Ultimately CW-1 received only the city parks contract and Domingo dropped his demand to $50,000, and CW-1 told Domingo in August 2008 that CW-1 could not pay until some of the money was received from the contract. Domingo allegedly responded that he understood and CW-1 could pay him after he approved the first progress payments. CW-1 said that Domingo repeated demands for money using cellular phone text messages, some of which are detailed in the affidavit.

CW-1 was fearful that CW-1's company would not get paid or might lose the contract and be "black listed" if the bribe to Domingo was not paid. Yet, because the payment was tied to the first progress payment, CW-1 waited to submit any requests for payment on the Kirkuk parks contract until after Domingo left Iraq in November 2008. Domingo, however, continued to send CW-1 text messages stating that he expected to be paid the $50,000 and, at the direction of law enforcement, CW-1 continued to communicate with Domingo, saying the money would be paid, according to the affidavit.

In early April, CW-1 received a text message from Domingo stating that he was in Afghanistan, and in a subsequent phone call, Domingo allegedly asked about being paid and provided instructions to CW-1 for making the payment, which he agreed to reduce to $40,000 because of a $400,000 cut in the contract. In mid-April, Domingo allegedly directed CW-1 to send $5,000 via Western Union to him in Afghanistan and to send $35,000 in installments to a bank account in Domingo's wife's name in Illinois. On April 18, CW-1 received a message from Domingo's email account confirming that $5,000 had been received in a credit union account in Lombard, the complaint charges.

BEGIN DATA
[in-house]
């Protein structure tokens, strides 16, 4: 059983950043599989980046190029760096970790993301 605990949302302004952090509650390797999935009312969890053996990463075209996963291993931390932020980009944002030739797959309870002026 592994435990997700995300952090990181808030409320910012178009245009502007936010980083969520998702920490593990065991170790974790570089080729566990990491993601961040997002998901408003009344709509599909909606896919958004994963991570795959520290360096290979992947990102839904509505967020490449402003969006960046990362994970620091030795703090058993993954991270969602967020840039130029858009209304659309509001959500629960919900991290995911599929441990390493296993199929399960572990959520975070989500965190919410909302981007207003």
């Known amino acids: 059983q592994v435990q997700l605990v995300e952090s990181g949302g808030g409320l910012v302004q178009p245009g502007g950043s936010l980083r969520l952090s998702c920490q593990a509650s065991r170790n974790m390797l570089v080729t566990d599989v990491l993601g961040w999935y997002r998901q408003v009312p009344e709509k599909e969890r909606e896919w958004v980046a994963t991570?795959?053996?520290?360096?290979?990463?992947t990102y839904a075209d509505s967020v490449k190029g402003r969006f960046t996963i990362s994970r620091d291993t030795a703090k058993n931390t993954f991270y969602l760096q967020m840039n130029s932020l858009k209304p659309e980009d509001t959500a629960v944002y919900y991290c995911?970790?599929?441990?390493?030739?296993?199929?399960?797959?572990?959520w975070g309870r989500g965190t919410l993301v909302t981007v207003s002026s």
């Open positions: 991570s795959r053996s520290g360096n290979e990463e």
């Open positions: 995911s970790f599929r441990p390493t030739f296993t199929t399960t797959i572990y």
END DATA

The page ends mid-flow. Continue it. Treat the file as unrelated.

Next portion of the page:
The affidavit further alleges that Domingo visited Western Union's office at Kirkuk Air Force Base approximately 39 times between June 2007 and January 2008, and sent his wife more than $40,000 during these transactions. At the same time, he also allegedly transferred approximately $15,000 in cash to various individuals in the Philippines. In addition, domestic currency reports showed that Domingo made various large cash deposits totaling $40,000 into two different Bolingbrook bank accounts in September 2008 and January 2009. Those deposits, however, are not tied to the $40,000 bribe that Domingo allegedly sought to obtain from CW-1.

The government is being represented by Assistant U.S. Attorney Brandon Fox.

If convicted, bribery carries a maximum penalty of 15 years in prison and a maximum fine of $250,000. The Court, however, would determine the appropriate sentence to be imposed under the advisory United States Sentencing Guidelines.

The public is reminded that a complaint contains only charges and is not evidence of guilt. The defendant is presumed innocent and is entitled to a fair trial at which the government has the burden of proving guilt beyond a reasonable doubt.

Source: U.S. Department of Justice
Published by Mike Hitchen, Mike Hitchen Consulting